Theology of the Body Thursday #8: The Woman’s Body in Prision

I’m sure many of my readers have never been to prison. I don’t know about you, but I don’t typically think that I have much in common with women behind bars. You might think, they’re criminals, what could I have in common with them? Or, they’ve had such hard lives and mine has been so easy, how can I be similar to them in any way?

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I recently read an article discussing the plight of incarcerated women. It struck me how their lives illustrate the Theology of the Body and the feminine genius in their own way.

Most women behind bars are there for non-violent crimes. Many of them had dependents, children or other family members, that they had to support. As women, they took quite seriously their responsibility to nourish and support those who depended on them. If they felt they could not provide this support by legal means, they resorted to illegal ones. They sold drugs and their own bodies to do their job as mothers and caregivers.

Earlier this year, a woman was hanged in Iran for killing her abuser. Meanwhile, in the US, a woman is given 45 years for killing the man who abused her and killed her son.

Earlier this year, a woman (pictured above) was hanged in Iran for killing her abuser. Meanwhile, in the US, a woman is given 45 years for murdering the man who abused her and killed her son.

 

Many of the women who are in prison for violent crimes are there for attacking or killing an abuser. A little appreciated part of the feminine genius is our unique calling to protect all those in need. As our bodies are built to protect the unborn child in our womb, we are called to protect the defenseless and the voiceless. So, these women took their calling to an illegal extreme in killing the one who hurt them, their children, or someone else they cared about.

Women behind bars were victims of rape or abuse at more than twice the national average. At some point in their lives, their dignity as human beings was undermined. This callous disrespect of their dignity can shatter even the best, most morally upright people.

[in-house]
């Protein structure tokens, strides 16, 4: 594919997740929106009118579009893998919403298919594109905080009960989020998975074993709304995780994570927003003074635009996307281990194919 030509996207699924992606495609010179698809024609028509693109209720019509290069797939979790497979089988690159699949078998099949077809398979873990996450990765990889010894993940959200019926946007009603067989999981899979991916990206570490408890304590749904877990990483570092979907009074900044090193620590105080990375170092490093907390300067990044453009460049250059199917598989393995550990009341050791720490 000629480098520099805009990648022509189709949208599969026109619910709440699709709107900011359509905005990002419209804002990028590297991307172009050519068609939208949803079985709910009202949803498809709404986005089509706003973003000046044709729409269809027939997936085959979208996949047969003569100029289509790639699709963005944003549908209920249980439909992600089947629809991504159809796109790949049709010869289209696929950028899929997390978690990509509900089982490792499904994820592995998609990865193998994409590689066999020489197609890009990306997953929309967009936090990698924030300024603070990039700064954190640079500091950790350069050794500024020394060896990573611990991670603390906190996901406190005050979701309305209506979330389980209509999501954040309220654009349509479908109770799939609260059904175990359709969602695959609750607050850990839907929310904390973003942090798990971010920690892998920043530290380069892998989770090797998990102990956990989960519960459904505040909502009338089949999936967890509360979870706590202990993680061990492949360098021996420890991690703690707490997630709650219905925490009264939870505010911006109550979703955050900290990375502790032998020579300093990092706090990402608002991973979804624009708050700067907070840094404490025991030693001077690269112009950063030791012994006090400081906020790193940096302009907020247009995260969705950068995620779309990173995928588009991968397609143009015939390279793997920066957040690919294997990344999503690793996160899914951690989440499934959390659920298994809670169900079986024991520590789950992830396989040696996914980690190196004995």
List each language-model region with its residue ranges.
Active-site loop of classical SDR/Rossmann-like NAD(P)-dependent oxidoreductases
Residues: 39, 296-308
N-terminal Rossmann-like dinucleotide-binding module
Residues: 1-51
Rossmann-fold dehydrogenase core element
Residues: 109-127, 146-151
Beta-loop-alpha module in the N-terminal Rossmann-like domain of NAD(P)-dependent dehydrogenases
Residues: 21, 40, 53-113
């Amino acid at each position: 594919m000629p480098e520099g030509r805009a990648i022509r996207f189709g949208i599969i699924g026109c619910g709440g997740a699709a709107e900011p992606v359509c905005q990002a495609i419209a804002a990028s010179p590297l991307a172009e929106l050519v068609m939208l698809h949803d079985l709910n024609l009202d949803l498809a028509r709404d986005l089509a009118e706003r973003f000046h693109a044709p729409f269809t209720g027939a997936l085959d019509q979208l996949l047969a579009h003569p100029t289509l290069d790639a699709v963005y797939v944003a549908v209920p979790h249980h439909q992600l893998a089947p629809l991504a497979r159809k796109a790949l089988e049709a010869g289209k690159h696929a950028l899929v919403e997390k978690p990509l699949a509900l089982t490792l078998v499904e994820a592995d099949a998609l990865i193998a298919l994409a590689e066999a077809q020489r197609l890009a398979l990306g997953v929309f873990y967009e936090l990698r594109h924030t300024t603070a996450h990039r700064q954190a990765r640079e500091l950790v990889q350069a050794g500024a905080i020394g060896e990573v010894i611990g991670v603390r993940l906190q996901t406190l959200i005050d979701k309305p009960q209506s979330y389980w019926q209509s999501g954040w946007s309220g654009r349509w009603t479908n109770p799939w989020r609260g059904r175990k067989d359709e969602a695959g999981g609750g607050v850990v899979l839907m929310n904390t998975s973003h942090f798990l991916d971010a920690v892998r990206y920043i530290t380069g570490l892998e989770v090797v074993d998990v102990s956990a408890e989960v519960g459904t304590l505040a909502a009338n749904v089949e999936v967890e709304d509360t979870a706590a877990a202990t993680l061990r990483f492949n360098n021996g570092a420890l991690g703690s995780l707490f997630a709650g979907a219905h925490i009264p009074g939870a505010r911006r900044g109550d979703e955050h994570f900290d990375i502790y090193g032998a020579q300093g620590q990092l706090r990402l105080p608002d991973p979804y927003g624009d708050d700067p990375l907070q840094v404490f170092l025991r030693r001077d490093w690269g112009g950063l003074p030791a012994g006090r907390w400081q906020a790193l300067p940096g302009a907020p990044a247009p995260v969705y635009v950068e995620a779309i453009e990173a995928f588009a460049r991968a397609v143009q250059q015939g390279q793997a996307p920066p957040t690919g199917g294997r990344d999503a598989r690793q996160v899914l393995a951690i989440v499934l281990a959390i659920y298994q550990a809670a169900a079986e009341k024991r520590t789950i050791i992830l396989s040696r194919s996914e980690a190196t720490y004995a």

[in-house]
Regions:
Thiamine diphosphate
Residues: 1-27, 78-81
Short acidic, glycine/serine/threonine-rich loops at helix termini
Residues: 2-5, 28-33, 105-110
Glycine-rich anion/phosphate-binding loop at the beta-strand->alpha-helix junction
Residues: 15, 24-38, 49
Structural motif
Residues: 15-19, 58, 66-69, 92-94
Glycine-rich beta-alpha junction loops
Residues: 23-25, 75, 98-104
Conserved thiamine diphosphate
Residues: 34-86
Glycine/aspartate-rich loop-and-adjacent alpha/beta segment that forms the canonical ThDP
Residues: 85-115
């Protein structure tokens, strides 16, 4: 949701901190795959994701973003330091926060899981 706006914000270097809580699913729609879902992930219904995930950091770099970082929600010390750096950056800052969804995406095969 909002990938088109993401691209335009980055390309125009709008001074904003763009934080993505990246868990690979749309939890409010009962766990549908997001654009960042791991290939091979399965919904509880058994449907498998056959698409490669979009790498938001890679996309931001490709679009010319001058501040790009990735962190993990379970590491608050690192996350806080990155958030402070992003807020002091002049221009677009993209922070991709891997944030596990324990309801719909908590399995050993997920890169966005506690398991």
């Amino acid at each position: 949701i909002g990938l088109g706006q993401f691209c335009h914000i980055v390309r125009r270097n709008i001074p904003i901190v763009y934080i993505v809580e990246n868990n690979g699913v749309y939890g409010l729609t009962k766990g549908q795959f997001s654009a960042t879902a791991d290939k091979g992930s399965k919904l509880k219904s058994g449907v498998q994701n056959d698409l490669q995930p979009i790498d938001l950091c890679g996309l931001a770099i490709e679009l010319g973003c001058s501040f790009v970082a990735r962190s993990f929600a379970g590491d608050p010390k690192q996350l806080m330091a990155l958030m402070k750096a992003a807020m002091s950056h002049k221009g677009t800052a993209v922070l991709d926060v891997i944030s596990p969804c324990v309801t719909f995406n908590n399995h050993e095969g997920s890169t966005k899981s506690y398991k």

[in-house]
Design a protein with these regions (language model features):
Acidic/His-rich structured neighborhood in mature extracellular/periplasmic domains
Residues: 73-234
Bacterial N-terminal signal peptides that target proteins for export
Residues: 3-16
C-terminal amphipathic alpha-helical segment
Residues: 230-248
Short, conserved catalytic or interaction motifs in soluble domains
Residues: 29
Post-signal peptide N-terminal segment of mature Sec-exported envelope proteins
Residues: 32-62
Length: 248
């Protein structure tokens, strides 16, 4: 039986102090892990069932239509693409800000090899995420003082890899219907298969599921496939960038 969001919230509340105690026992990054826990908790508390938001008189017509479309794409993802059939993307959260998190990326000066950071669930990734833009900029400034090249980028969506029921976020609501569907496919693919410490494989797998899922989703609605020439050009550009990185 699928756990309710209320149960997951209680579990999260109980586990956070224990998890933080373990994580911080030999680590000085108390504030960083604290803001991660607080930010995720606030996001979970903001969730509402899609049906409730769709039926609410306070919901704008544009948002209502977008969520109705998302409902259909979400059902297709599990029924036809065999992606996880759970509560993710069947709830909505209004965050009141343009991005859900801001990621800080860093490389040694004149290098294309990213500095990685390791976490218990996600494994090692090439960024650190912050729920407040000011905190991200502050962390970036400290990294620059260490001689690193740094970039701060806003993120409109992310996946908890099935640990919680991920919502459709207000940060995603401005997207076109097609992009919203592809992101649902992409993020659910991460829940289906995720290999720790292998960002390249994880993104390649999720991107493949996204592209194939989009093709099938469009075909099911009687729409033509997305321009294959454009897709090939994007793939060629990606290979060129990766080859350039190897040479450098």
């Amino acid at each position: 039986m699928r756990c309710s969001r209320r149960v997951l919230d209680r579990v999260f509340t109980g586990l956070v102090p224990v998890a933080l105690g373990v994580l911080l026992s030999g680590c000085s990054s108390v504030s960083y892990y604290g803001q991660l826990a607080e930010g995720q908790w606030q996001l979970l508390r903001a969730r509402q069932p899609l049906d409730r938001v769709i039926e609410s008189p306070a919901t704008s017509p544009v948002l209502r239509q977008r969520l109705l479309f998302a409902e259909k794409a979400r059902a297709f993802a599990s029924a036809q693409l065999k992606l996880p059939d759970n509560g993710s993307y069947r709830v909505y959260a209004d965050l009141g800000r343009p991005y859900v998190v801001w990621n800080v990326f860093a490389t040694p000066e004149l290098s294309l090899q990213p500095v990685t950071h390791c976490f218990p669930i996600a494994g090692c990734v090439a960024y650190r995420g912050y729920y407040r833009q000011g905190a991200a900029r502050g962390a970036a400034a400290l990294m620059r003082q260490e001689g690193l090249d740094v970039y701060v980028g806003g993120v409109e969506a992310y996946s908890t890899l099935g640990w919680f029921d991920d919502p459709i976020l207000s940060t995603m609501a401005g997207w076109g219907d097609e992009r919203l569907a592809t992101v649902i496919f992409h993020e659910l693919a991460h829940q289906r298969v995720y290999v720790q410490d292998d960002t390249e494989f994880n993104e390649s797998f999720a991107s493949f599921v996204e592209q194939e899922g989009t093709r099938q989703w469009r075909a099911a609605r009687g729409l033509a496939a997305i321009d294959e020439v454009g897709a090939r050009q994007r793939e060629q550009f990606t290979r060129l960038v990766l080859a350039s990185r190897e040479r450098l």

The article I read specifically talked about women in solitary confinement. We are social beings, we all need community. This is especially true for women. Women in solitary confinement have bigger problems with it than men do. They are more likely to have a mental illness exacerbated by their time in solitary. They are more likely to have been victims of abuse before going into prison, leading to additional stress in solitary. They are also more likely to be abused by guards while they are in solitary. Solitary confinement takes mothers even further away from their children, straining the relationship. As any mother could understand, seeing your child on a TV screen rather than in person is heart-wrenching.

I do not write this solely to garner sympathy for women behind bars. I write this principally for illustration of the feminine genius, especially the universal call to maternity. All women,

  • inside prison or following the law,
  • on the poorest streets or in mansions,
  • in convents or in whorehouses,
  • married or single,
  • gay or straight,
  • Catholic or atheist,
  • fertile or not,

regardless of their state in life, their socio-economic status, race, creed, or sexuality, they (we) all have printed in their bodies the ability to create, protect, and nurture life. That is something we all have in common, even, or perhaps especially, our sisters in prison.

 

Sources:

US Dept. of Justice

The Sentencing Project

ACLU report “Worse than Second Class

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